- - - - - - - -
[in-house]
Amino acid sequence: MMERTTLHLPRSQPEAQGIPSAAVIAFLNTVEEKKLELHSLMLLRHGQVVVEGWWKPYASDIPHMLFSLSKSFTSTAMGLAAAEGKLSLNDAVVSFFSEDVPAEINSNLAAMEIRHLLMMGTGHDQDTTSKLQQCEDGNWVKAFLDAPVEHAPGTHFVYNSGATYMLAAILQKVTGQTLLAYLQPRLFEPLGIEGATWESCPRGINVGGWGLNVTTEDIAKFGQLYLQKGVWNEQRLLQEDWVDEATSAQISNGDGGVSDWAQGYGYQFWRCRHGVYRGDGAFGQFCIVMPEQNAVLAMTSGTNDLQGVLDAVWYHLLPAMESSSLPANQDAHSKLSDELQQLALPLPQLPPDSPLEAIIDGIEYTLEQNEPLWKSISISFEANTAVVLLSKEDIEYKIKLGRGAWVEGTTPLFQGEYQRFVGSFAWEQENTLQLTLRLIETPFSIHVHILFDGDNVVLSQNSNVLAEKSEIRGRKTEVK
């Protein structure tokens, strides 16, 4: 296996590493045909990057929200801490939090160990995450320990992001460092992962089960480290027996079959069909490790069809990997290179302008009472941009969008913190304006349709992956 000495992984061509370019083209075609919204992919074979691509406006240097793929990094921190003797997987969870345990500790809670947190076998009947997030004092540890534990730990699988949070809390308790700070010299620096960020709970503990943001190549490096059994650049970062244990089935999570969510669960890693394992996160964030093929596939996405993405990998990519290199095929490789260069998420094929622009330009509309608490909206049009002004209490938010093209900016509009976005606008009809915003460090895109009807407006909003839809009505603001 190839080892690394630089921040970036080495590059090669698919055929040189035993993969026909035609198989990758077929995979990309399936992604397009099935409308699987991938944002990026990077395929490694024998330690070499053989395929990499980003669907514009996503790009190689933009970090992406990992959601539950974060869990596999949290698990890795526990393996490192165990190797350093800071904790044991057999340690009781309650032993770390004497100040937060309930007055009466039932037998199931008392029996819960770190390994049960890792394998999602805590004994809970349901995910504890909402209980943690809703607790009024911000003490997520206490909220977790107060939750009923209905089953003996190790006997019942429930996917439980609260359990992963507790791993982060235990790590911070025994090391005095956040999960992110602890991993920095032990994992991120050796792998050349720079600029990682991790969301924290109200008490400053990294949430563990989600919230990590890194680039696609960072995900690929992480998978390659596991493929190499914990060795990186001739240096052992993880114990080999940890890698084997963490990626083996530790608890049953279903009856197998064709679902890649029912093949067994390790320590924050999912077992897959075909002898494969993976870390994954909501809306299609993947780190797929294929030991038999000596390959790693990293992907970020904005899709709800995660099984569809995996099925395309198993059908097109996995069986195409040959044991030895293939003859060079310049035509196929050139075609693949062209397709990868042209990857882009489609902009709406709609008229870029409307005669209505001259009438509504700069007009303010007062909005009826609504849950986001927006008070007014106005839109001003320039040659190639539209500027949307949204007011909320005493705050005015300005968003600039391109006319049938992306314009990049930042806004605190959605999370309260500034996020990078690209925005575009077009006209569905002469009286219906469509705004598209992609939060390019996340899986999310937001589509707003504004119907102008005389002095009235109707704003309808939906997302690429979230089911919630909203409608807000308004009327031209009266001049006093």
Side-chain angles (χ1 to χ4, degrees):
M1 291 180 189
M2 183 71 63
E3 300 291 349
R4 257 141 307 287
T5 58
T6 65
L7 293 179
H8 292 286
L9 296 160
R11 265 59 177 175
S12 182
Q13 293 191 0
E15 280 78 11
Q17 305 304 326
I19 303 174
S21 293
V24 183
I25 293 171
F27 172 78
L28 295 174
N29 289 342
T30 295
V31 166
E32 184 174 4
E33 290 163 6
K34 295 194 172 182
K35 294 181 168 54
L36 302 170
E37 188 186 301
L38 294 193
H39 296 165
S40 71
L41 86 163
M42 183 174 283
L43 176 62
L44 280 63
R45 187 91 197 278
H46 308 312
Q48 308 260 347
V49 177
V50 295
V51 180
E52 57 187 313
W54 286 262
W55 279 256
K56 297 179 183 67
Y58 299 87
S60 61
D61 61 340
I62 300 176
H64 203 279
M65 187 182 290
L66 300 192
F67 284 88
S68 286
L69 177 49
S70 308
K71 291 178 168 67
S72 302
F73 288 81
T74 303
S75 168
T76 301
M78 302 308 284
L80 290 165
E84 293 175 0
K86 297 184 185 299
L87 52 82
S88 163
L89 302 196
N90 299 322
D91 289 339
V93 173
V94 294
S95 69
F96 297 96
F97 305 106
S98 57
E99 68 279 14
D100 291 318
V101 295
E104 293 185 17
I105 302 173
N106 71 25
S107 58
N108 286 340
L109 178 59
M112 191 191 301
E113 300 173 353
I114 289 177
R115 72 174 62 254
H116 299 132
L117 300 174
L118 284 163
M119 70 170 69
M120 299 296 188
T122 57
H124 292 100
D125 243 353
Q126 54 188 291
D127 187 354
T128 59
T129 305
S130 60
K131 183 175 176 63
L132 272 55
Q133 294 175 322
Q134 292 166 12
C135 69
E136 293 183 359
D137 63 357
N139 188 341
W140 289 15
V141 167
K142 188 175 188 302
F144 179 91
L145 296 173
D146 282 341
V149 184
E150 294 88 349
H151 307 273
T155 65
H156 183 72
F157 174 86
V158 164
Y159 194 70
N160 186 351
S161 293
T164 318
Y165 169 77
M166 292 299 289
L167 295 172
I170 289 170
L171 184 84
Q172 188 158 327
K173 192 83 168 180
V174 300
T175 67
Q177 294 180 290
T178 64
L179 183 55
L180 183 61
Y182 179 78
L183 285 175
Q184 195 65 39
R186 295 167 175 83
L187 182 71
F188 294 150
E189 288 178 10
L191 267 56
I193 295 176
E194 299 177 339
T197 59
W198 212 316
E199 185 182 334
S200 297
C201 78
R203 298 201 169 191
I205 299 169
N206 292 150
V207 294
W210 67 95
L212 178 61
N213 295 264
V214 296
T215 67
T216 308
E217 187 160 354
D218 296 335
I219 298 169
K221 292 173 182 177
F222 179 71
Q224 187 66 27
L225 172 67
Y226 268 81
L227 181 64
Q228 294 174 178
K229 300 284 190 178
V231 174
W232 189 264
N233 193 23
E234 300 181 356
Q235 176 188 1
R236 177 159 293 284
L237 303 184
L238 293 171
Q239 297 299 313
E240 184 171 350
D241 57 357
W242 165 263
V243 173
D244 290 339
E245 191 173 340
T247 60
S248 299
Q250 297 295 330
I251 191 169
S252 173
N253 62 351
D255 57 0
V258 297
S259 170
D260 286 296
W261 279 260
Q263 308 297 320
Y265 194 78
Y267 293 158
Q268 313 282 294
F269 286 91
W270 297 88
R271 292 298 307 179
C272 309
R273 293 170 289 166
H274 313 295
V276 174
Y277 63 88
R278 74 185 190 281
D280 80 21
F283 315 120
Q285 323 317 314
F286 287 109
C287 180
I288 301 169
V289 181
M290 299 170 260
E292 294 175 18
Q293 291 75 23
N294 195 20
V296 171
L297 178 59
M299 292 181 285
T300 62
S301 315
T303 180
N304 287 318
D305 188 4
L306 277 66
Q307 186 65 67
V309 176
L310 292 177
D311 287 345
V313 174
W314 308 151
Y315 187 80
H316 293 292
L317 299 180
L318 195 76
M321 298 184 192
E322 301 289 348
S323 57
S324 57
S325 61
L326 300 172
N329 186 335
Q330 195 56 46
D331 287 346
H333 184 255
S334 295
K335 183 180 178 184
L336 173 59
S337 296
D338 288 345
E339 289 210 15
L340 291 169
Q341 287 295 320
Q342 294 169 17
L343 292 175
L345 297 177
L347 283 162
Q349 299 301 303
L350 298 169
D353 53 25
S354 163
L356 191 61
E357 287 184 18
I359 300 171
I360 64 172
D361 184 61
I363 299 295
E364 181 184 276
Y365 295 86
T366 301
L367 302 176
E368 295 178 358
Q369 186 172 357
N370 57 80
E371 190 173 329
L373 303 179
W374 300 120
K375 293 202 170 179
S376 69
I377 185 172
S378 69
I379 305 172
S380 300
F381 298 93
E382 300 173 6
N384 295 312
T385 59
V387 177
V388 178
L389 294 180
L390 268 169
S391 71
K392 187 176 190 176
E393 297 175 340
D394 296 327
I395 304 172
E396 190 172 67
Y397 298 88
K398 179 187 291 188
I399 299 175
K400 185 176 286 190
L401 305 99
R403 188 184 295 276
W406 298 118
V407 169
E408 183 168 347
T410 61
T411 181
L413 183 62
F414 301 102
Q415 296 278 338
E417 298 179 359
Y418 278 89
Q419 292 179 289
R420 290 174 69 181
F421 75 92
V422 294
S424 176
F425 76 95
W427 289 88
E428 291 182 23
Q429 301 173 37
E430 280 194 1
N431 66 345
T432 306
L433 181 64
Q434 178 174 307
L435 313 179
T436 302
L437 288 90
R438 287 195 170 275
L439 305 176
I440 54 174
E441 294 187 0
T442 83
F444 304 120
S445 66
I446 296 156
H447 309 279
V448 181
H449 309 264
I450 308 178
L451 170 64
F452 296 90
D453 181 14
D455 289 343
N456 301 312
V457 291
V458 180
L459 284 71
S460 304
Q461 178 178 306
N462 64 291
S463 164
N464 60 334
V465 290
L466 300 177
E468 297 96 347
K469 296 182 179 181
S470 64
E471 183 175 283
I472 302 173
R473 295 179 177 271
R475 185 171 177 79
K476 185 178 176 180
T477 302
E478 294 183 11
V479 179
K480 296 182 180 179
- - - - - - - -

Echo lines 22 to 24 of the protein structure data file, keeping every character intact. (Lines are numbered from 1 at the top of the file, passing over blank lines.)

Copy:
I25 293 171
F27 172 78
L28 295 174